P – John Lackey - $9 – Similar to Shields (~$3 below projection), but fewer strikeouts are offset by a much better team context.
P – Jake McGee - $9 – Coors Field won't impact him as much as other pitchers because he's not heavily dependent upon a breaking pitch.
P – Robbie Ray - $4 – Ray averaged 93.2 mph on his fastball last season, while piling up 119 strikeouts in 127.2 innings. Still just 24, he's seemingly flying under the radar in Arizona as the leading candidate to begin the season as the team's No. 5 starter.
P – Jorge Lopez - $3 – Control may be the short-term issue, but the Brewers have a very nice piece for their rotation in Lopez, and he could put everything together and thrive in 2016.
P – Tanner Roark - $2 – That he didn't pitch better in a relief role last season worries me somewhat, but his 2014 was encouraging enough for me to roll the dice in the endgame.
R – Jarred Cosart – 2016 may be his final chance as a starter, but I can stream him since he wasn't purchased in the auction.
R – Andy Wilkins – Blocked by Jose Abreu and Prince Fielder in recent seasons, Wilkins brings real power from the left side if the Brewers decide to put him in the mix at first base with Chris Carter.
R – Manny Banuelos – With health, he should easily have a place in the Atlanta rotation.
R – Gordon Beckham – Maybe a return to Georgia will revitalize him. Probably not.
Why purchase a third catcher?
With respect to endgame value, I was having a difficult time securing players for $1 in the outfield, but the greater reason for the move was to offset the lack of quality players in the $15-20 range in the outfield. Schwarber's defense was a problem in left field, and it may cost him late-inning at-bats on a regular basis as defensive replacements may be utilized. Plus, the Cubs have a crowded vying for playing time in the outfield spots with Jason Heyward and Dexter Fowler positioned for heavy workloads. Should the Cubs platoon in left field, Schwarber will be on the large side of the arrangement. On days he's not in the starting lineup, he should come off the bench and pinch-hit.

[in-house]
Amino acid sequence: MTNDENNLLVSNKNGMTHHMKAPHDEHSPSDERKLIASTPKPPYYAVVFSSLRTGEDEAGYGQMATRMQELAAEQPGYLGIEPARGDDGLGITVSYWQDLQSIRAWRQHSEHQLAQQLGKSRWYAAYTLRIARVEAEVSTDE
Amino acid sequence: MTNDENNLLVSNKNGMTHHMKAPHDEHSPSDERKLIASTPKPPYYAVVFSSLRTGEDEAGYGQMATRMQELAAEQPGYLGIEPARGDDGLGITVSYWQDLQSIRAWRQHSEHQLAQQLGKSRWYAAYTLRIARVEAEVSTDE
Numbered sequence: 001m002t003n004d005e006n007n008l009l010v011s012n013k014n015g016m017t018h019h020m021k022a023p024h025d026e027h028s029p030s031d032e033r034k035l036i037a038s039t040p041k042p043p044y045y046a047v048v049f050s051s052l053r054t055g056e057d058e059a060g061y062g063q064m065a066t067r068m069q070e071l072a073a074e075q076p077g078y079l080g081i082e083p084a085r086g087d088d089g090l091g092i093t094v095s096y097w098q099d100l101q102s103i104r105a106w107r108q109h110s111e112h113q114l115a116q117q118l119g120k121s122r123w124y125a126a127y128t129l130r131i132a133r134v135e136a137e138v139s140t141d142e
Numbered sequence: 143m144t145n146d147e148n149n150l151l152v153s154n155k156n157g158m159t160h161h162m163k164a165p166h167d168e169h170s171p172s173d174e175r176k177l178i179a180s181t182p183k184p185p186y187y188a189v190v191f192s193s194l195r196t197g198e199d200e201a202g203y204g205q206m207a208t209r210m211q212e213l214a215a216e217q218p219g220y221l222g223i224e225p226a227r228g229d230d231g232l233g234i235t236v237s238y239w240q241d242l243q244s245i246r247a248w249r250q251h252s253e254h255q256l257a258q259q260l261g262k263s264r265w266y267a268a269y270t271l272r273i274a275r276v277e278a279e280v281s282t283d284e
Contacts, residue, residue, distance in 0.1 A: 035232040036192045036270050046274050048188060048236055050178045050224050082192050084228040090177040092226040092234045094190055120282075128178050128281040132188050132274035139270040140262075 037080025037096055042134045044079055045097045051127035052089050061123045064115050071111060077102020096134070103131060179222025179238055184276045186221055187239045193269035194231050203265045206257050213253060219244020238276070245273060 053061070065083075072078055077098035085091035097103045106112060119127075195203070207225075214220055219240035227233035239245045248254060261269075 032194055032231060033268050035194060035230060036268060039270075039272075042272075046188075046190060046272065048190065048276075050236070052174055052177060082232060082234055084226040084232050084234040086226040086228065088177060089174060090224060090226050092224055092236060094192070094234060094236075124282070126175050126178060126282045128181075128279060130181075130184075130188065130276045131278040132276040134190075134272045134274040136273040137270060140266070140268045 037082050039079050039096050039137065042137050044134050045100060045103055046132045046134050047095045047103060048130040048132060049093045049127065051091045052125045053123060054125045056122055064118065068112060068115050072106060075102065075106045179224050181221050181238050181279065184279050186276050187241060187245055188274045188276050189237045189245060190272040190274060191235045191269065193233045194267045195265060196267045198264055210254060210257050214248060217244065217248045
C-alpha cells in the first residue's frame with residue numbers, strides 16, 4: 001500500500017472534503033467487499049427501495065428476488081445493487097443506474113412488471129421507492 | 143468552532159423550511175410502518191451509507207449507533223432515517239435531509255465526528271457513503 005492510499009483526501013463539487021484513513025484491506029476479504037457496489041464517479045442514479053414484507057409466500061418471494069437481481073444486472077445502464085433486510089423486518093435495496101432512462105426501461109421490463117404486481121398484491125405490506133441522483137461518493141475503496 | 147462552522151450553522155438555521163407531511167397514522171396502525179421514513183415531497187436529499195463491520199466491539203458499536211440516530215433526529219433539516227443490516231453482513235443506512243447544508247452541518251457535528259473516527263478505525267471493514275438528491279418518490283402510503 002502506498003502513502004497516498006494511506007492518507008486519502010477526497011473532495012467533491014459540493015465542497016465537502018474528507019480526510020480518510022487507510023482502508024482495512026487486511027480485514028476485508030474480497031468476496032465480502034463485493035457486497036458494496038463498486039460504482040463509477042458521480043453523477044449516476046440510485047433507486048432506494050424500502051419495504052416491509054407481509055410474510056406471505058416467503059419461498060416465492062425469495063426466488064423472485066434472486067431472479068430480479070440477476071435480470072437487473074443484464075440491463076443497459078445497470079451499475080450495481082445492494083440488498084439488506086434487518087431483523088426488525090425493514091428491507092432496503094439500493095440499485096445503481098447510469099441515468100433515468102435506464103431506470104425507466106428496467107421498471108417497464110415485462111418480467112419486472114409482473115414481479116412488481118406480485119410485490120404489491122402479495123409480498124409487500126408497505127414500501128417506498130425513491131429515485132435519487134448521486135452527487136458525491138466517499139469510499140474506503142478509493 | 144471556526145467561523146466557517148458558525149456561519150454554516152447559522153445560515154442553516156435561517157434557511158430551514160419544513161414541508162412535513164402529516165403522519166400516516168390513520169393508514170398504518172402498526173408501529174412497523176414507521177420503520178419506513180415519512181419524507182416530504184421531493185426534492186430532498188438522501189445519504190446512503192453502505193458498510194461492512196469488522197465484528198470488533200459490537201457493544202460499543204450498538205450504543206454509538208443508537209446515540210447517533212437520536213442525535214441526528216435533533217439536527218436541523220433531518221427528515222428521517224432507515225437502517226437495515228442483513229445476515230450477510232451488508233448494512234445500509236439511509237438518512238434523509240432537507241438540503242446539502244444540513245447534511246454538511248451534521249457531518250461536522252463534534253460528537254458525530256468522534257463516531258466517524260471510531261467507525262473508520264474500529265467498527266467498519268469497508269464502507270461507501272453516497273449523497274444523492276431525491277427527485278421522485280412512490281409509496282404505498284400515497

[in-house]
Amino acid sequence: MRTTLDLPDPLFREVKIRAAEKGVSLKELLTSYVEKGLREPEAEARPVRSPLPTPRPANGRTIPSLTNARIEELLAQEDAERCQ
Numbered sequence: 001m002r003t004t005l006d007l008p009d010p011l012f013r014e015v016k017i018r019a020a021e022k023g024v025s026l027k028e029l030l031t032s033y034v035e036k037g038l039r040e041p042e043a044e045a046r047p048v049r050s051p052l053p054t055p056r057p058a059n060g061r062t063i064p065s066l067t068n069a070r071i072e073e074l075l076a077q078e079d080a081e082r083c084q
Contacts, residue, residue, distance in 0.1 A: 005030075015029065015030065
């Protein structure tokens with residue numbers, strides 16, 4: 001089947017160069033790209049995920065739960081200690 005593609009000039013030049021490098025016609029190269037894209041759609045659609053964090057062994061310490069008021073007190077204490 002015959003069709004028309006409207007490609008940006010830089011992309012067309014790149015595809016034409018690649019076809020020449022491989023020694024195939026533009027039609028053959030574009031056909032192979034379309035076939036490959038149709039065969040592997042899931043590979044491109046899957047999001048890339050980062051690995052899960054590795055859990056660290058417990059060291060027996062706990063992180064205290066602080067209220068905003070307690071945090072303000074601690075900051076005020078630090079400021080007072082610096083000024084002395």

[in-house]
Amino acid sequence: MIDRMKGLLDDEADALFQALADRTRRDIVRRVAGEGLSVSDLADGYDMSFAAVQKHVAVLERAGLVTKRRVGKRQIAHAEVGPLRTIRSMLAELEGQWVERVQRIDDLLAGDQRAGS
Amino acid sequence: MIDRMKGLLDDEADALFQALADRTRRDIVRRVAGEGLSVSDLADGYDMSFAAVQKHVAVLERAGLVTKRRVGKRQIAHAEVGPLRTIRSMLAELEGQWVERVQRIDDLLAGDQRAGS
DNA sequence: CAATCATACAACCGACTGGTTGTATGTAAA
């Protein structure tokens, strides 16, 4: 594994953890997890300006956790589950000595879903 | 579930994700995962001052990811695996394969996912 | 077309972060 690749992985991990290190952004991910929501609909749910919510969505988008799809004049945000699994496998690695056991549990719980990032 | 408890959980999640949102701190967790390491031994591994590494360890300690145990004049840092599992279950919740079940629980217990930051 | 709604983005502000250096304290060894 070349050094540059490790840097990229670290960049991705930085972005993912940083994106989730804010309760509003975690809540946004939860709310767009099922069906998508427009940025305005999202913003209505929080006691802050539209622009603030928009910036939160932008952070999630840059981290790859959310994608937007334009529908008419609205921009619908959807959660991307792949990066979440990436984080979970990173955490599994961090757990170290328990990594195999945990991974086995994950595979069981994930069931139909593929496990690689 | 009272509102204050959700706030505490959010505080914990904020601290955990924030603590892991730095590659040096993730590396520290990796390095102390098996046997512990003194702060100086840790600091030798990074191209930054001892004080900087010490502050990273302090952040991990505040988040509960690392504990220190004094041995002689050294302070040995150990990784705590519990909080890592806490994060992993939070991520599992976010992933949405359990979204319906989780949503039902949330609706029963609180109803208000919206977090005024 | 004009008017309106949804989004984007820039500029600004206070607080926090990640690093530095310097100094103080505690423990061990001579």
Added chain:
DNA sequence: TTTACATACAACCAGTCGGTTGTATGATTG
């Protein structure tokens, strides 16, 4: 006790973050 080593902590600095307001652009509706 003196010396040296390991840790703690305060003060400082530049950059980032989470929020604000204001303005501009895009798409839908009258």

Thanks to his power potential and the lineup around him, Schwarber should be able to do as much with 500 at-bats as other outfielders eclipsing 600 at-bats in his price arrange. There is batting average risk, but Schwarber hits the ball very hard, and doesn't have to significantly improve his strikeout rate in Year 2 to hit for a better average. It's also entirely possible that the concerns about his high price tag in NFBC drafts have led to some unnecessary pessimism. Finally, targeting Plawecki in particular was to ensure playing time in the event of a d'Arnaud injury. If that were to happen, Schwarber slides into a catcher spot, and I'm not forced to chase the position in FAAB.